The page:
Sequana Therapeutics Inc. has begun studying blood samples from 300closely related residents on a remote island in the South Atlantic Oceanto identify the genetic causes of asthma.The La Jolla, Calif.-based company is collaborating with the SamuelLunenfield Research Institute of the Toronto-based Mount SinaiHospital, whose researchers acquired the blood samples in 1993 fromresidents of Tristan da Cunha. The island is located about midwaybetween Brazil and South Africa and 30 percent of the residents haveasthma.The Tristans are descended from seven original families dating to theearly 1800s and the incidence of asthma is among the highest foundanywhere in the world.Scott Salka, Sequana's director of business operations, said asthma isbelieved to be a polygenic disease and should be easier to track in theislanders than in the general population, where asthma affects about 5percent of adults and up to 15 percent of children in Western countries."First of all we have everybody's relationships," Salka said. "We'll belooking for a small number of mutations that lead to the disease. In thegeneral population, there could be many mutations that manifestthemselves as asthma."Salka said Sequana has completed the initial genome-wide scan of theTristan families and the company's bioinformatics researchers willanalyze the data to identify genetic regions common to the islandersafflicted with asthma."Basically we'll be using the same technique used to discover thegenetic causes of Huntington's disease and cystic fibrosis: positionalcloning," he said.Because asthma is considered a polygenic disease, Salka said theresearchers will be looking for a major gene that accounts for morethan 10 percent of the asthma cases."If there's a major gene effect, we might find it before the end of thisfall," he added. "If not, it will take longer."Salka said Sequana also intends to conduct obesity and hypertensionstudies on the islanders' blood samples.Terms of the agreement between Sequana and Mount Sinai Hospitalwere not disclosed. n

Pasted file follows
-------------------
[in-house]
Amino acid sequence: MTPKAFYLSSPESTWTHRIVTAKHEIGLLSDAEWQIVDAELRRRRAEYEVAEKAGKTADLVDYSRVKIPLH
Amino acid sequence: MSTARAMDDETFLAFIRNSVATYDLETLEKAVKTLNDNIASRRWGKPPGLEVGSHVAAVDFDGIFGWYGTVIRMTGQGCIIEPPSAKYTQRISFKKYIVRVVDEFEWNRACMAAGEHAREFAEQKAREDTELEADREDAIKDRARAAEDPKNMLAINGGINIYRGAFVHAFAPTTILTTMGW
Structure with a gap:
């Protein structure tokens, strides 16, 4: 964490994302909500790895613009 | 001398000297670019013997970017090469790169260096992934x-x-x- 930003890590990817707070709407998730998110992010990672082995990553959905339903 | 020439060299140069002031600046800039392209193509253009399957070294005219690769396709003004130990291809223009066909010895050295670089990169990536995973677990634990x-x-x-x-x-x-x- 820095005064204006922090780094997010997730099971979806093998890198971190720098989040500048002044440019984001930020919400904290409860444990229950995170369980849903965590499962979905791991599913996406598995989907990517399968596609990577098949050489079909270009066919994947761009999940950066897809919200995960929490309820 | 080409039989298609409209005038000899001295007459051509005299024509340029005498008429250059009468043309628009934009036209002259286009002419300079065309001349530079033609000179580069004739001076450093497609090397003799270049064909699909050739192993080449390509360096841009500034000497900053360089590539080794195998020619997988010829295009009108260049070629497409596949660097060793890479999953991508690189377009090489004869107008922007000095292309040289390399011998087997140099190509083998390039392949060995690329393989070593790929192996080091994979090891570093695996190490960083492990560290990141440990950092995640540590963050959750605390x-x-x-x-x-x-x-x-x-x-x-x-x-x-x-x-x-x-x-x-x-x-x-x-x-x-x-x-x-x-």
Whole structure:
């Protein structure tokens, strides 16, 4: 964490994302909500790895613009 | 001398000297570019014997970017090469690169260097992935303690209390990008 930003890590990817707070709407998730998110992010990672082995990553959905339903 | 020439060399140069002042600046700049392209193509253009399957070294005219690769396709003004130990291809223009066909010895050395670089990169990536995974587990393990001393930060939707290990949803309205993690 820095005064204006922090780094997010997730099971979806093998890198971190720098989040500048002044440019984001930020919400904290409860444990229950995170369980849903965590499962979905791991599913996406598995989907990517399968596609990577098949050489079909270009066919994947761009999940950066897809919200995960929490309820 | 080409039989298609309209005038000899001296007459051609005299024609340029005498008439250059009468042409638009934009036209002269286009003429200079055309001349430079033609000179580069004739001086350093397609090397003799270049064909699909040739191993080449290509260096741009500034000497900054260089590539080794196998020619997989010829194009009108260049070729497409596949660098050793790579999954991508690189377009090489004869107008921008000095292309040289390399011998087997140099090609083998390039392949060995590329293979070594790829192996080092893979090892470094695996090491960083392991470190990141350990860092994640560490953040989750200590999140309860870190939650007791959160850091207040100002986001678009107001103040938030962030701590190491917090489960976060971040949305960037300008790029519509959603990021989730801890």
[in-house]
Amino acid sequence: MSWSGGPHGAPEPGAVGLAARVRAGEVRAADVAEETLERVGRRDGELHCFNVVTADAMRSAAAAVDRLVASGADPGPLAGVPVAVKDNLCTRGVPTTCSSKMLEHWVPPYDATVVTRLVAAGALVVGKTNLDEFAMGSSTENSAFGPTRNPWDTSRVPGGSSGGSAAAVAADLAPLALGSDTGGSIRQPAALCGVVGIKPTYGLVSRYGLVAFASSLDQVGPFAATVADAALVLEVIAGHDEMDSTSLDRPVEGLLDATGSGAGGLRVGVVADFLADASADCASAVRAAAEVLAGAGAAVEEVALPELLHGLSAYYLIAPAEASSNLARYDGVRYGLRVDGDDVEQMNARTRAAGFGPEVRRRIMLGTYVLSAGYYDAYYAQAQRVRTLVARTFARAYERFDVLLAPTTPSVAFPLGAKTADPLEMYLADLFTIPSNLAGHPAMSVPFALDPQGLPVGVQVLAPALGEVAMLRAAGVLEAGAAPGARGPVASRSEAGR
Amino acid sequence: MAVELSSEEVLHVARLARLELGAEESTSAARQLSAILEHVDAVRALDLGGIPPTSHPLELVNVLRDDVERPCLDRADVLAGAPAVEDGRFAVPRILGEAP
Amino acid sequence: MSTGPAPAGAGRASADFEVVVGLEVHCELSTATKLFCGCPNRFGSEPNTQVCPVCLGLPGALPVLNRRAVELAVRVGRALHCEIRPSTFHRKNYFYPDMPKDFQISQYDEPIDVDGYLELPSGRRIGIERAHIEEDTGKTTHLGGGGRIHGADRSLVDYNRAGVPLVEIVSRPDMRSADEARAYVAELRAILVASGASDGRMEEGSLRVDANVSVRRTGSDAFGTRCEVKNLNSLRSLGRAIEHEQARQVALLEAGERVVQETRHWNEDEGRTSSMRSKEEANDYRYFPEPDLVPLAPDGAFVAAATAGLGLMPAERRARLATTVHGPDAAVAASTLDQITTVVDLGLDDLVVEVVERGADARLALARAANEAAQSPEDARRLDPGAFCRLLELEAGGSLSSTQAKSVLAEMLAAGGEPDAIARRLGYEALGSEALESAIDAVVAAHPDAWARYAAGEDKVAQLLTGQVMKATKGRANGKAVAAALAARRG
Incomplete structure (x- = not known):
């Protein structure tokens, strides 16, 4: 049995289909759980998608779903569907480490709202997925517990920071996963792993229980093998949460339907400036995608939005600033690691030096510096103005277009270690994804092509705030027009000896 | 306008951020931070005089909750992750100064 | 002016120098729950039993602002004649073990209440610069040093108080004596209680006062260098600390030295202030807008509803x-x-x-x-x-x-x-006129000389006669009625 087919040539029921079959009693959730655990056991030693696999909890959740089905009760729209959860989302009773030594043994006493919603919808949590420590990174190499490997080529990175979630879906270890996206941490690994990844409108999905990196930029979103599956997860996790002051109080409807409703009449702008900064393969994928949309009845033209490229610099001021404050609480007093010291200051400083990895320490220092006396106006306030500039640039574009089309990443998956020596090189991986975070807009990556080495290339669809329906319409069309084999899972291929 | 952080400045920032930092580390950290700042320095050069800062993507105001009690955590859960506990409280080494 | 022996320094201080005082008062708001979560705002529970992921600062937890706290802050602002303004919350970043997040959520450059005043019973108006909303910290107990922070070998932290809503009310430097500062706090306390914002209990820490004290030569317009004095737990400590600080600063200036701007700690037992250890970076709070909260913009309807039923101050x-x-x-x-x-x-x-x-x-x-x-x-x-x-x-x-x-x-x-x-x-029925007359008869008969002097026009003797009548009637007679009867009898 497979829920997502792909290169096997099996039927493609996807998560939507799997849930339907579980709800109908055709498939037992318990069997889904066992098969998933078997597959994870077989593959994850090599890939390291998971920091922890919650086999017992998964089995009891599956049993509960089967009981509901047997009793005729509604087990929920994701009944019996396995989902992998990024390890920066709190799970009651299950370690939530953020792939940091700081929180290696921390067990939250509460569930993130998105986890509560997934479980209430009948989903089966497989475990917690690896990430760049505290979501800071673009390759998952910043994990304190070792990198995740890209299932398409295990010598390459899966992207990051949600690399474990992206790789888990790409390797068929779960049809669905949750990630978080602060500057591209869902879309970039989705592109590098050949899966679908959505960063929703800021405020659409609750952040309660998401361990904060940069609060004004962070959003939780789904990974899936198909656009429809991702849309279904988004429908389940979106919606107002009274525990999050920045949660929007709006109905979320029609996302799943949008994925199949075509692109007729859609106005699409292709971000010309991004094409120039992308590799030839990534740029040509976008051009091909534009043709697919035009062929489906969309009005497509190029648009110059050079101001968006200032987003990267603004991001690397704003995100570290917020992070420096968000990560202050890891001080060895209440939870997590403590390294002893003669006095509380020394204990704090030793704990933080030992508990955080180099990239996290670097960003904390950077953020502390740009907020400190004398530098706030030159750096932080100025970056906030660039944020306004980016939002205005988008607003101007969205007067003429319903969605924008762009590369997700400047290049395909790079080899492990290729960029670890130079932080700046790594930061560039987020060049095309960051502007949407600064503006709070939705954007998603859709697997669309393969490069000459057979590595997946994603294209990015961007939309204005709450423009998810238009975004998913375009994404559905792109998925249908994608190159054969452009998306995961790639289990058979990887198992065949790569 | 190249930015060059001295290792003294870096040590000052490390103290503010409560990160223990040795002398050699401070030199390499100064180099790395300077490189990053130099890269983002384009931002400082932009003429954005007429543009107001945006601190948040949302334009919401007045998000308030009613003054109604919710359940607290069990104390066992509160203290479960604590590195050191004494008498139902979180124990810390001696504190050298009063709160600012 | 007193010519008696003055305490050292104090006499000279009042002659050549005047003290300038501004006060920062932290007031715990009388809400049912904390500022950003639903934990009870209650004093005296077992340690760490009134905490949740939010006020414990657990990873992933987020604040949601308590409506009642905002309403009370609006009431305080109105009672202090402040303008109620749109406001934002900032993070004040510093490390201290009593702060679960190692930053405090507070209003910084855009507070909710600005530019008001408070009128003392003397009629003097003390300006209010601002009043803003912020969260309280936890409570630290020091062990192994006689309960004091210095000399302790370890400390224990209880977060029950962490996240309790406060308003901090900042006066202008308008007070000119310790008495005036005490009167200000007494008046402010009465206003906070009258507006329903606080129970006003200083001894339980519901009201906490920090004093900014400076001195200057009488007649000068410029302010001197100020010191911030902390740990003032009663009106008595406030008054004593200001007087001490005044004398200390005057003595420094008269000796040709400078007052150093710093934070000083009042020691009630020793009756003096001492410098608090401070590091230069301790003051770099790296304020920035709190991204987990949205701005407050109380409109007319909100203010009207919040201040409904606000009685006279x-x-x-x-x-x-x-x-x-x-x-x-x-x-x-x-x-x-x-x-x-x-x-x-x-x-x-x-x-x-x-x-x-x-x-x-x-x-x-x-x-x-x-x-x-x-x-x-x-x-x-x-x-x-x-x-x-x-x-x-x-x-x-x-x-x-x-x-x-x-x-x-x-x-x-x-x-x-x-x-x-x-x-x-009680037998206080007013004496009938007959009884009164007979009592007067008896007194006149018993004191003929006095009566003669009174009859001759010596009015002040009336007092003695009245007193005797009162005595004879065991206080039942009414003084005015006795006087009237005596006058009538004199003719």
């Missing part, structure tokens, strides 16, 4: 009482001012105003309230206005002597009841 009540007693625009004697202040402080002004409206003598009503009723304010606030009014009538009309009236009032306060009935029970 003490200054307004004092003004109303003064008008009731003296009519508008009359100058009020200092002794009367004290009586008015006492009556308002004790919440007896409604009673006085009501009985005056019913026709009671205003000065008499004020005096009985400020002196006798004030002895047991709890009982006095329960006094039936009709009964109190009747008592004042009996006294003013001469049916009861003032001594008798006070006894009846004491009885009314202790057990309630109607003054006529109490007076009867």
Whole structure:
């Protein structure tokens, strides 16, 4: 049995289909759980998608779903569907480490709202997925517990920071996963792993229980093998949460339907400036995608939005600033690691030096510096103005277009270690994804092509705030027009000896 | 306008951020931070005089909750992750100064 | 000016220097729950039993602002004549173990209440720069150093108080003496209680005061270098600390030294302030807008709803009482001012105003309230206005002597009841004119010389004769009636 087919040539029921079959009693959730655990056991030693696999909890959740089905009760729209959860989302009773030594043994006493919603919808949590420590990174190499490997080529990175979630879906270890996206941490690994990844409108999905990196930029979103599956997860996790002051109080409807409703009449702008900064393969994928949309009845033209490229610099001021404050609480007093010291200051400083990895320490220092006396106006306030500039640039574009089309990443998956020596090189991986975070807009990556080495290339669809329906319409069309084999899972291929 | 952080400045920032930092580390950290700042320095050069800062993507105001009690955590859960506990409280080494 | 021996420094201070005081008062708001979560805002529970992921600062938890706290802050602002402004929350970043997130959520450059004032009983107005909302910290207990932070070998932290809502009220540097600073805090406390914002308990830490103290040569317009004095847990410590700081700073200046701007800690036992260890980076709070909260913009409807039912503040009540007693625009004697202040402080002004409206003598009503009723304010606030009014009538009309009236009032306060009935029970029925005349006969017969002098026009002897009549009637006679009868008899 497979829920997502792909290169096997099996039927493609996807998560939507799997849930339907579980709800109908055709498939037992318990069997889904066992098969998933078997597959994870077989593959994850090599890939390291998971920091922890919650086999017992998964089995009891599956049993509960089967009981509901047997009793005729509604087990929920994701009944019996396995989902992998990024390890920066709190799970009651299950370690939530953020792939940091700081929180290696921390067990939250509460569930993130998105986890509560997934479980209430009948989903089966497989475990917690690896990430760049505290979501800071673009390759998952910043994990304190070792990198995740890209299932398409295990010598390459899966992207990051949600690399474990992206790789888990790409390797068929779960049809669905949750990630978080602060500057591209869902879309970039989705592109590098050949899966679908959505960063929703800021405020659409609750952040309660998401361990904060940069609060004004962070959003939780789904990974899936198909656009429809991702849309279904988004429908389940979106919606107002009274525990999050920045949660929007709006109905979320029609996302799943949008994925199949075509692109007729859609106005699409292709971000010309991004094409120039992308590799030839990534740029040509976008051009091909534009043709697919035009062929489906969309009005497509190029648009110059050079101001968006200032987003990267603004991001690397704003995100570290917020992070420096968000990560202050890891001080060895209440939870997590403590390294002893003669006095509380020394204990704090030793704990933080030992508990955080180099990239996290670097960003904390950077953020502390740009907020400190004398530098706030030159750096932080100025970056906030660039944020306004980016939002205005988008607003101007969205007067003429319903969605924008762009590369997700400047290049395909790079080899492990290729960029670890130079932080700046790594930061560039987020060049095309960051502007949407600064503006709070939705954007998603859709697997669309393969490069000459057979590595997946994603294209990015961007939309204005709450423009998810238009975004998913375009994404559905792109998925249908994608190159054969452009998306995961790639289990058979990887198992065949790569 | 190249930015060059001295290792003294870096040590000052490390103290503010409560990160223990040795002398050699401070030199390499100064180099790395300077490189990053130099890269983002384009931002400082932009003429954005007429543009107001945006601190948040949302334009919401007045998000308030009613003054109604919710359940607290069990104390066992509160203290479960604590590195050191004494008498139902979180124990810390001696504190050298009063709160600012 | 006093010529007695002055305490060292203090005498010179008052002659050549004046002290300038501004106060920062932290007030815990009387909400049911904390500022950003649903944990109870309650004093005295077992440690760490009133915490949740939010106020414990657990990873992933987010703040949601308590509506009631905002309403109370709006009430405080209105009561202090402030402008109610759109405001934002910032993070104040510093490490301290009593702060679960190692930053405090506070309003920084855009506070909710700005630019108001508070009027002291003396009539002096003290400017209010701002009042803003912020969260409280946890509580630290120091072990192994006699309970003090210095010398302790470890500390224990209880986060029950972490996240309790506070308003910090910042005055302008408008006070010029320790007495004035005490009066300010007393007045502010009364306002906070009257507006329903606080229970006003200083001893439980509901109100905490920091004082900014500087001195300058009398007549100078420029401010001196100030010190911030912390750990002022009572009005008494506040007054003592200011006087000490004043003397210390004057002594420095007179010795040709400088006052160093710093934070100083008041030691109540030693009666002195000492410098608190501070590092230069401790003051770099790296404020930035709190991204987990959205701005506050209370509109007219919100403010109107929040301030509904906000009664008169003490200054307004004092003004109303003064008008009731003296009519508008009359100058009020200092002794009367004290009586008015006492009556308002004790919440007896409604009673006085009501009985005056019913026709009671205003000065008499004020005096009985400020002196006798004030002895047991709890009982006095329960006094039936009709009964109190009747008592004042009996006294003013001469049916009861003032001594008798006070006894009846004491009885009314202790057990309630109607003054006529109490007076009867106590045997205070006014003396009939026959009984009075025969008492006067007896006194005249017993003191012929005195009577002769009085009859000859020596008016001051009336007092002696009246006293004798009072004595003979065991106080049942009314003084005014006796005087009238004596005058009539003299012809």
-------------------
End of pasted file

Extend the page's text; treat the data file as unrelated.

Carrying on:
-- Charles Craig
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